War Of The World By Wells 

In the society today, it is very common for one to spend his or her time
reading. In those types of readings, science fiction stories are one of the most
common readings among many people. Science fiction, unlike any other literature,
has very unique characteristics. The definition of science fiction is “fiction
dealing principally with the impact of actual or imagined science on society or
individuals having a science factor as an essential orienting component.”
(Webster’s Pg 1045) This means science fiction stories are based on dreams,
hopes and fears of people in the society. Science fiction stories are
characterized by the styles and methods. One of the most common methods of
science fiction is prophetic extrapolation. Prophetic extrapolation is passages
that science fiction writers focus on the “ development of science”(Science
fiction III, Pg X) instead of “science of today,”(Science fiction III, Pg X)
such as sociology, biology, psychology or any kind of science. Prophetic
extrapolation is the most important element of science fiction stories. It is
what makes science fiction. The story of The War Of The World, by H. G. Wells,
is a classical example of a science fiction story. Wells uses his imagination
and the creativity to create the conflict between Earth and Mars. In the story,
he introduces unknown creatures and the machines by using prophetic
extrapolation. For examples, first, in the passage from chapter two he explains
Martian’s star ship. He writes, “ The uncovered part had the appearance of a
huge cylinder, caked over and its out-line softened thick scaly dun-colored
incrustation.” (The War Of The World, Pg 11) Wells create the star ship from
his imagination and able to give readers a good image that it is something round
object by the word choices. Second example is from chapter three, where Wells
explain the appearance of Martians. In the passage he explains, “Two large
dark-colored eyes were reading me steadfastly. The mass that framed them, the
head of the thing was round, and had, one might say, face. There was a mouth
under the eyes, the lipless brim of which quivered and panted, and dropped
saliva. The whole creature heaved and pulsated convulsively.” (The War Of The
World, Pg 21) From this passage, because his well explanation, readers could
receive unpleasant image of how Martian looks like. Last example is from the
passage about heat ray in chapter five. It said, “Suddenly there was a flash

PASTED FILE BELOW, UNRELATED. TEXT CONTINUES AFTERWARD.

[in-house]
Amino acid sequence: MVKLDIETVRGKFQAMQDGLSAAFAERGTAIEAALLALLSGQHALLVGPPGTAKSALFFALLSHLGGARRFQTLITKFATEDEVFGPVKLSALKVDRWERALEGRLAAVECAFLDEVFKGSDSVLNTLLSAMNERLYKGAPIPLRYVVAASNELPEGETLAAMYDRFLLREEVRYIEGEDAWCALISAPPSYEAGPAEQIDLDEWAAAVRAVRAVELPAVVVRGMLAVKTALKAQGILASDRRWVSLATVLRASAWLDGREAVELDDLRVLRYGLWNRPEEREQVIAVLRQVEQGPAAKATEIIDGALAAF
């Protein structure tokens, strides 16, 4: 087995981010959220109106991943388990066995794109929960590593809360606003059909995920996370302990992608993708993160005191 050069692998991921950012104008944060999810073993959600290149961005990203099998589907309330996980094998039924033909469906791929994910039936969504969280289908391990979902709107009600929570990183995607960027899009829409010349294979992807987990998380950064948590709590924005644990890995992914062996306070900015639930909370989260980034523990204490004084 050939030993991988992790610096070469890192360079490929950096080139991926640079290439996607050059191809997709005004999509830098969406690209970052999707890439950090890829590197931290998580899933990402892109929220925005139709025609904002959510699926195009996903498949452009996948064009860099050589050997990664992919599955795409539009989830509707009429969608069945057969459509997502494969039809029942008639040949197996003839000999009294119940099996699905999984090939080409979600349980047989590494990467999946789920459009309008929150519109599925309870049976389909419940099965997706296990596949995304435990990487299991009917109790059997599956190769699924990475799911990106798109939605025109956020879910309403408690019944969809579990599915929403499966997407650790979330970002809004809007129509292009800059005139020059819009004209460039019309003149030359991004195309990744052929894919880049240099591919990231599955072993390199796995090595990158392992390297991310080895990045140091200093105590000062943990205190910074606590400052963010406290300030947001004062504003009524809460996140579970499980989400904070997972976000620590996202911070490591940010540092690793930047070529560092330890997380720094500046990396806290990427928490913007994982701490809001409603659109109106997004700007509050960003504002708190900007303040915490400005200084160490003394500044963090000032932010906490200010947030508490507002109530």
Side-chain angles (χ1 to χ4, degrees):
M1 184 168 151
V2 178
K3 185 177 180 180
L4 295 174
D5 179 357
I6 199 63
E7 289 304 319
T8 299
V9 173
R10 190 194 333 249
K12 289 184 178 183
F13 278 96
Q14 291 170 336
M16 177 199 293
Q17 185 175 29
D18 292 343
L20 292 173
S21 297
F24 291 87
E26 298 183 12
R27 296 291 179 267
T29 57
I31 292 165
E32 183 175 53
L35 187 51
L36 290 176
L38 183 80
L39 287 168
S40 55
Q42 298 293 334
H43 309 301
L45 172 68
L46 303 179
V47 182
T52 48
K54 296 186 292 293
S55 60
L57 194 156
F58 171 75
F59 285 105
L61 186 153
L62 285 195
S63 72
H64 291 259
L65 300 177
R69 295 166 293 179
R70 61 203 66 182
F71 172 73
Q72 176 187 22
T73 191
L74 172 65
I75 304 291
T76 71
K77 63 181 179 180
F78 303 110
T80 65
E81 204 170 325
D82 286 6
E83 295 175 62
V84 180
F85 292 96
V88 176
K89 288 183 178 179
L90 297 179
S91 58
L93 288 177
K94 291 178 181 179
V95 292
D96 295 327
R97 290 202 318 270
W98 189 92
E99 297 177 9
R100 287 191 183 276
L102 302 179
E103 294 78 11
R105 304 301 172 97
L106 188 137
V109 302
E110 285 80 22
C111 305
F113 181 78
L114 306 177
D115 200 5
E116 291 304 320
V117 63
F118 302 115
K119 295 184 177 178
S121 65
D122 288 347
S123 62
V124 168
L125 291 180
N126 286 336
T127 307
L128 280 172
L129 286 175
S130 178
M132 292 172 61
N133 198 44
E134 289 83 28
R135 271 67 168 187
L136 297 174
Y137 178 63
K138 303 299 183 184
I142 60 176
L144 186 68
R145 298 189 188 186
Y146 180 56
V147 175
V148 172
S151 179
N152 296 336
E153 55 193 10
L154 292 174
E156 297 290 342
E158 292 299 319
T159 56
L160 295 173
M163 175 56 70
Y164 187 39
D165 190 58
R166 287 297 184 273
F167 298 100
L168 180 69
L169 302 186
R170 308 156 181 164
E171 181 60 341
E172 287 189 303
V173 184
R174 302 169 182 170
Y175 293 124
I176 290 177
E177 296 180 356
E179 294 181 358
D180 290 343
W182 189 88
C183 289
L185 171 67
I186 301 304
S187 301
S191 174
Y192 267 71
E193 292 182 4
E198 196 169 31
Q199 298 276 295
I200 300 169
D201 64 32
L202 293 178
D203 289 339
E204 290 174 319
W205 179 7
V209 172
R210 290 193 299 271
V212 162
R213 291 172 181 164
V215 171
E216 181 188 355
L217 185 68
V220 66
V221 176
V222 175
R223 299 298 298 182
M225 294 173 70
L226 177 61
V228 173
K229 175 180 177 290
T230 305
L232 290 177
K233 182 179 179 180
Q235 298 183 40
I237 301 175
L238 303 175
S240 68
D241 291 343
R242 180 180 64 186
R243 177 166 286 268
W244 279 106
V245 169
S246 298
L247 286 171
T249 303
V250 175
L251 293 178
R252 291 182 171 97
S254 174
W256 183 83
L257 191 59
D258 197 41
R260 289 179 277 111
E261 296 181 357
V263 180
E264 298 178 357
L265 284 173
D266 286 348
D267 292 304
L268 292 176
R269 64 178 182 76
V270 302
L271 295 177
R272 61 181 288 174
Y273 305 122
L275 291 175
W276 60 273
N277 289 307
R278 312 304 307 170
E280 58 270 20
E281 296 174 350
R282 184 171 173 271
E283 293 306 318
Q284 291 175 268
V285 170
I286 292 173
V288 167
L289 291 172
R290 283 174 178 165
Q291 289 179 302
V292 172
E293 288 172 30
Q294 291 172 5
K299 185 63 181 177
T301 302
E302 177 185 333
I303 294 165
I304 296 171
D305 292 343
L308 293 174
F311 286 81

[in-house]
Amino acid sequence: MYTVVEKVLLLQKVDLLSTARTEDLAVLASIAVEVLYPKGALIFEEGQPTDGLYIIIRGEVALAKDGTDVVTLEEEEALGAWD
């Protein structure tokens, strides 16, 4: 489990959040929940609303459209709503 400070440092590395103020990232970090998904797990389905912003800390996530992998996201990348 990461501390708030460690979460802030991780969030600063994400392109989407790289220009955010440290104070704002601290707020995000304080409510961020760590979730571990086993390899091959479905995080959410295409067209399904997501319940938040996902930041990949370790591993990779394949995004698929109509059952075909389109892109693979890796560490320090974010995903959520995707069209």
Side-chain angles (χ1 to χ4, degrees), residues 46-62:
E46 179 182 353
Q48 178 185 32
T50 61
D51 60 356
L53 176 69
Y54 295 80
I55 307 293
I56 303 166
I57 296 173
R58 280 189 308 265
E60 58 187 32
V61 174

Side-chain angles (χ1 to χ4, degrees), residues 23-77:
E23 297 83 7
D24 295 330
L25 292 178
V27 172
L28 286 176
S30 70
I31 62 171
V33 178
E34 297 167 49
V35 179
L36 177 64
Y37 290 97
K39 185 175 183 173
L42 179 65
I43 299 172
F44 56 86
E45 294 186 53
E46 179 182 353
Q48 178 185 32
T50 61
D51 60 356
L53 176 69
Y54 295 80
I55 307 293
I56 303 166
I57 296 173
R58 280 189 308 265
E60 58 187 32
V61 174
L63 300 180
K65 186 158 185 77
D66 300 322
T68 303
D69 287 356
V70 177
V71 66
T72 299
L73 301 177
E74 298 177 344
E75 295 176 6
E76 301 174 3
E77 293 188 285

of light, and a quantity of luminous greenish smoke came out of the pit in three
distinct puffs, which drove up, one after the other, straight into the still
air.” (The War Of The World, Pg25) Wells vividly explains what took main
character by surprised as if it really happened. As a reader, one is aware that
these things do not exist. However, as a interesting point, although none of
these things exist in the real world, it seems as if these creations exist for
readers. It is because Wells’ well use of prophetic extrapolation. When Wells
explains about his creations from imagination, he gives examples based on the
facts of society or science. It makes easer for readers to relate to the story.
Because of Wells’ examples, imaginations of the story become live and vivid
and realistic. In the story of The War Of The World, by H. G. Wells, prophetic
extrapolation was used well, and that is what made this story wonderful and
exciting. There are many different types of science fiction writers today. They
all have different styles or methods in each story. However, all the science
fiction writers have one thing in common. . It is called prophetic
extrapolation. Many science fiction writers use their imaginations, creativities
and use “number of different sources and apply in a number of fields” (Hand
Out. Pg X) to make dreams, hopes, and fears come true in the stories. It is
truly the unique characteristics of science fiction.


1. James Gun. Science Fiction Volume 3. eds White Wolf Publishing. Clarkson,
GA: 2. Webster, Merriam. Webster’s Collegiate Dictionary Tenth Edition.
Springfield MA:1996. 3. Wells H. G. The War Of The World Tom Doherty Associates,
Inc. 175 Fifth Avenue, New York, NY 10010: 1988.